Did a little fact checking on you. Your facts are way off but I'm sure you intended to mislead anyone who wouldn't take the time to check them. In Germany deaths are 7.8 per Billion Kilometers driven where as in the United States deaths are at 6.76 per Billion Kilometers driven. So Germans die at a higher rate than in the US in car accidents. I guess those higher paid union workers with better benefits aren't doing the job you were saying they did. Oh and in case anyone is wondering..France 9.6, UK 6.7, Italy 8.3, Greece 20.3.
Comment: #8
Posted by: Factchecker
Sun Aug 14, 2011 9:41 PM
It looks like politicians are so used to thinking that passing a law magically makes things happen that they think that Mother Nature will change the laws of physics because the government decreed an unrealistic fuel economy standard. i read earlier today a technical article about the new air conditioning refrigerant that is the latest government madate; it looks to be 5 to 10 times the cost of present refrigerants and is totally dependent on materials only found in China. I'm sure that the folks who wrote the statutory requirements thinks that the industry can come up with something because it is decreed from Washngton, but not necessarily at the price that we can pay. But then, affordability is out of political fashion at the moment.
Comment: #9
Posted by: partsmom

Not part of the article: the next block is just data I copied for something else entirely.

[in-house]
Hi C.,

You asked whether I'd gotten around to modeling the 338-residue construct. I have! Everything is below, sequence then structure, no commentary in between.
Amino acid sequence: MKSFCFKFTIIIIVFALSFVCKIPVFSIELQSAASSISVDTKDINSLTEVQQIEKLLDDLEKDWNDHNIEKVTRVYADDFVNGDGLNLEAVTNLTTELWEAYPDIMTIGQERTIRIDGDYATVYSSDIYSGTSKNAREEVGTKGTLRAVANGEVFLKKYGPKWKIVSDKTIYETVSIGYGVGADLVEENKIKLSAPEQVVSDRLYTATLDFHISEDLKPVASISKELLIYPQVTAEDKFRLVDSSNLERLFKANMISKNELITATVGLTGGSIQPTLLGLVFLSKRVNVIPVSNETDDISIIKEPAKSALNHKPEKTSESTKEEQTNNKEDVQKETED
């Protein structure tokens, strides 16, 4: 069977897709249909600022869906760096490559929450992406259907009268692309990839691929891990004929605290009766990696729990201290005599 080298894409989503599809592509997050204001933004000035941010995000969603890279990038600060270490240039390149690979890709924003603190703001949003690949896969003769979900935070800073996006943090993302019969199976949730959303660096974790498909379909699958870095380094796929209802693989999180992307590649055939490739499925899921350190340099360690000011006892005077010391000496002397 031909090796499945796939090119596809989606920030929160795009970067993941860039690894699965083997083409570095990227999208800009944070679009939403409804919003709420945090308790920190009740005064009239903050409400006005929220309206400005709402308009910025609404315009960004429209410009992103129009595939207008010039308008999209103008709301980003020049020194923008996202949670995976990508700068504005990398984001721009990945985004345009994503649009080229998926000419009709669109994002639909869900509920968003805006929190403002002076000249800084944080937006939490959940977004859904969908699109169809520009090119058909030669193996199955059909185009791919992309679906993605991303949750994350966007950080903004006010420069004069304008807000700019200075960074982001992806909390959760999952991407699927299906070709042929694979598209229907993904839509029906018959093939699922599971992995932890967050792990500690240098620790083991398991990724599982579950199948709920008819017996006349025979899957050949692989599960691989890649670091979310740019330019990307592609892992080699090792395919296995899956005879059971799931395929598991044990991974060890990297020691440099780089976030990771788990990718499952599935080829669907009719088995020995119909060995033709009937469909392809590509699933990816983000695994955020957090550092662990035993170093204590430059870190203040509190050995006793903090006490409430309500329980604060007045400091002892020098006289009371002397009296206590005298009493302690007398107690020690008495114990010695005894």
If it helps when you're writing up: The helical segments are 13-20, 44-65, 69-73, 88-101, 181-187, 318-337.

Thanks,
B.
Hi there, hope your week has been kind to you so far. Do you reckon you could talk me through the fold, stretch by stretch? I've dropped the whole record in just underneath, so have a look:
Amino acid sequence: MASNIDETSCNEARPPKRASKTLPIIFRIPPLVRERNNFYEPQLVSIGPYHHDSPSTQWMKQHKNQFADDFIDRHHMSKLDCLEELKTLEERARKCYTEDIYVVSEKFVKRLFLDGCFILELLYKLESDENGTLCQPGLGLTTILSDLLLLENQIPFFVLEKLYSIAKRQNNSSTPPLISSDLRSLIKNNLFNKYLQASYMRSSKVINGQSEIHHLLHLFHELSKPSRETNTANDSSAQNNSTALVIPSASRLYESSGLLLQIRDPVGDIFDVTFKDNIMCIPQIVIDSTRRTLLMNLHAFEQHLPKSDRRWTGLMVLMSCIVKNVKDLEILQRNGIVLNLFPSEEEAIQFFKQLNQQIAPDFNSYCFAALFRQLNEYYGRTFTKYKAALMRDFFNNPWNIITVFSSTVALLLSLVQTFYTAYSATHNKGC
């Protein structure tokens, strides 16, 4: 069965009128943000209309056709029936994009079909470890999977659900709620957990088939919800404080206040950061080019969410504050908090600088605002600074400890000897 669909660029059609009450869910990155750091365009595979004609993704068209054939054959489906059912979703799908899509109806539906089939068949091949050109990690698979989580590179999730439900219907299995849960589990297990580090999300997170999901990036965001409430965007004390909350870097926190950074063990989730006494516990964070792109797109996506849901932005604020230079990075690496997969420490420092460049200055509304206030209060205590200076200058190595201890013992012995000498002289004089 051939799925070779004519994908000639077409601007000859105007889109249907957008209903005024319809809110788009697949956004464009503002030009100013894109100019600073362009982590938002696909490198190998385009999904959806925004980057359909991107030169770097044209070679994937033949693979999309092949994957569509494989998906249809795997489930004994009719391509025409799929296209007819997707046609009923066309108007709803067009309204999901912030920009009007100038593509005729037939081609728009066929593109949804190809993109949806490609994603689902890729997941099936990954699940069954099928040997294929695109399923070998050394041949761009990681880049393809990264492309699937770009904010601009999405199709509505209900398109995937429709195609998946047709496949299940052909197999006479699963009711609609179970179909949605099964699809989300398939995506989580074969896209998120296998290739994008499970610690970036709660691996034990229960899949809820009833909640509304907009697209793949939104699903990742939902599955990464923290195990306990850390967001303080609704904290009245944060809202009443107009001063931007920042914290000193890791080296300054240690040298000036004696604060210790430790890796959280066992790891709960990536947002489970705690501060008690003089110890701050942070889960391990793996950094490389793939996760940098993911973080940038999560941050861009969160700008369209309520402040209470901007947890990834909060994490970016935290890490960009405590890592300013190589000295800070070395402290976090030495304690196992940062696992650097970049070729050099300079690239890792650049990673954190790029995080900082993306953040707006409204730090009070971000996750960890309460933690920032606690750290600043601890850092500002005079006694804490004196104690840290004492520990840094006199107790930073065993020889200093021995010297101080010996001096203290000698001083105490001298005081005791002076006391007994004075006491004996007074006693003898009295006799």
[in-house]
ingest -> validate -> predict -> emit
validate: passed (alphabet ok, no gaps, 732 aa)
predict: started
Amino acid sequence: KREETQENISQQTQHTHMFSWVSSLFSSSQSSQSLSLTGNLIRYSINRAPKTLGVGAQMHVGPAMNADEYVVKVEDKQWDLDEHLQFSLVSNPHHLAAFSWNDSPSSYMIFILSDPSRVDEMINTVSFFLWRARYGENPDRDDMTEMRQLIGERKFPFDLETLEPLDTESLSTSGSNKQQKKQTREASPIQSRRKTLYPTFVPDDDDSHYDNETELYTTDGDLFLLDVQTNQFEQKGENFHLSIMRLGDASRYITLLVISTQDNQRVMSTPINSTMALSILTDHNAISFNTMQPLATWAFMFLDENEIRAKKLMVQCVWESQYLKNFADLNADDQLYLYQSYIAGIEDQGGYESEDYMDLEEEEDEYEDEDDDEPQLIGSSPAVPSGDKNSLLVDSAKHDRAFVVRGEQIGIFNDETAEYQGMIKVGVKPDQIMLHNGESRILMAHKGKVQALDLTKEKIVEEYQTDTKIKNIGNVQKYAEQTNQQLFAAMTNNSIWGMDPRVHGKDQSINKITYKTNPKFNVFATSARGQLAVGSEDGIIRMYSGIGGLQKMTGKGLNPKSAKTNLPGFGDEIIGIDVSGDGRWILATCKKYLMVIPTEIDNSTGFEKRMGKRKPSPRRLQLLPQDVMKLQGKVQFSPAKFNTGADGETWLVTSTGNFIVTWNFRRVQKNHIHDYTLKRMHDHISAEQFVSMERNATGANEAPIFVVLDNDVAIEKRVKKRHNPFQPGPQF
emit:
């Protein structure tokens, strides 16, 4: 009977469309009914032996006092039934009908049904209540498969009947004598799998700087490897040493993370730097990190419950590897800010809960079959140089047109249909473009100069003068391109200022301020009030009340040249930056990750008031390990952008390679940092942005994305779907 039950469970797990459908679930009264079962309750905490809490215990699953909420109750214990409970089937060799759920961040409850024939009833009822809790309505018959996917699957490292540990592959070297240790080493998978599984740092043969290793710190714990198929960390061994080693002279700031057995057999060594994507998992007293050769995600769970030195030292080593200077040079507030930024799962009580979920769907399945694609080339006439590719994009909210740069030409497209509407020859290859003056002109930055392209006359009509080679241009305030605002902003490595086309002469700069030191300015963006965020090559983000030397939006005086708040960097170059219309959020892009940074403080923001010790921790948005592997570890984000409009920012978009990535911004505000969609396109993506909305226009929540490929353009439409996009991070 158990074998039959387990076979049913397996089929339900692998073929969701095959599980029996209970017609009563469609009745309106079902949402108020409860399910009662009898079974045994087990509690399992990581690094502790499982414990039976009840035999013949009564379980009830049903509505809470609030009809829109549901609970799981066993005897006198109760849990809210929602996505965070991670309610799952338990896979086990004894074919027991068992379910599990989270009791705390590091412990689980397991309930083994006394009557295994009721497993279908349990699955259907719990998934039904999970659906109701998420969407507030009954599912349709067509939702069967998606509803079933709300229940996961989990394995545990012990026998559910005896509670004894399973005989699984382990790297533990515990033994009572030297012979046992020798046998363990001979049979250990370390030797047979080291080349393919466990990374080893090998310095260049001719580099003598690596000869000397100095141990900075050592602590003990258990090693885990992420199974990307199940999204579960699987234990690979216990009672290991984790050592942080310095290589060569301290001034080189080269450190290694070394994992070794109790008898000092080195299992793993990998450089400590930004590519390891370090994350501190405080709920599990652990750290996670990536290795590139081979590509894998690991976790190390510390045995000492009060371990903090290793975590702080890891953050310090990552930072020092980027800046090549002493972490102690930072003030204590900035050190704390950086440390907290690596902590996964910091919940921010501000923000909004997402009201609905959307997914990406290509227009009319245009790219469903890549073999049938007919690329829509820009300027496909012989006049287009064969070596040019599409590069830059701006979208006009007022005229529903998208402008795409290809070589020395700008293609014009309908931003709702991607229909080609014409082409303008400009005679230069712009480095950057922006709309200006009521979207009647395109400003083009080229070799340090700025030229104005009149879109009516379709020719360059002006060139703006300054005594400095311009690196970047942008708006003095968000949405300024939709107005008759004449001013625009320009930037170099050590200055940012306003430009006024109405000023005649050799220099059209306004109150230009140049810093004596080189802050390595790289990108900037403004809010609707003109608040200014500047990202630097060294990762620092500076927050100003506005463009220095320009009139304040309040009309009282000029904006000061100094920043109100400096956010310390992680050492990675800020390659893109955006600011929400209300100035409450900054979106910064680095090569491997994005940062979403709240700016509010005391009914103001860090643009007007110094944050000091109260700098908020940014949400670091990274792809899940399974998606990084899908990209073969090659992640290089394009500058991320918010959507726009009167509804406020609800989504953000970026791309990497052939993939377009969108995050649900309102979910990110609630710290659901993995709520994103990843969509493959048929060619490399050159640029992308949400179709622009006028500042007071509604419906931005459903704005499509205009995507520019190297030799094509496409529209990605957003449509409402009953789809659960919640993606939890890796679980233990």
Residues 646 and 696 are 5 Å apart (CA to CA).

Wed Aug 24, 2011 12:08 PM
If Americans who drive these small death traps Really were interested and looked UNDER their precious imports they might be better informed. I work on these vehicles every day and believe me its frightening to see how they are made. If you had no air bags there is no chance of survival in a crash. Look...its so simple, its mass against mass and small looses every time. People give up their safety for some fuel savings and think nothing of it.
Comment: #10
Posted by: Wyominguy
Thu Aug 25, 2011 12:52 PM
Keep in mind those of you who just love those gas sipping Imports...they were designed for a market in Europe or Asia where they have Small roads and very few large sure a plastic box hits another plastic box its the States we have Trucks, and SUV's and they will win every time in a wreck. I agree with the article that no government should dictate mileage and how we let it happen is a mystery to me. So when you can't buy a truck and have to pay to get a piece of plywood delivered and pay twice its value keep in mind how our Government is running your life.
Thanks John for writing this piece...Ive been saying the same for years!
Comment: #11
Posted by: Wyominguy
Thu Aug 25, 2011 1:53 PM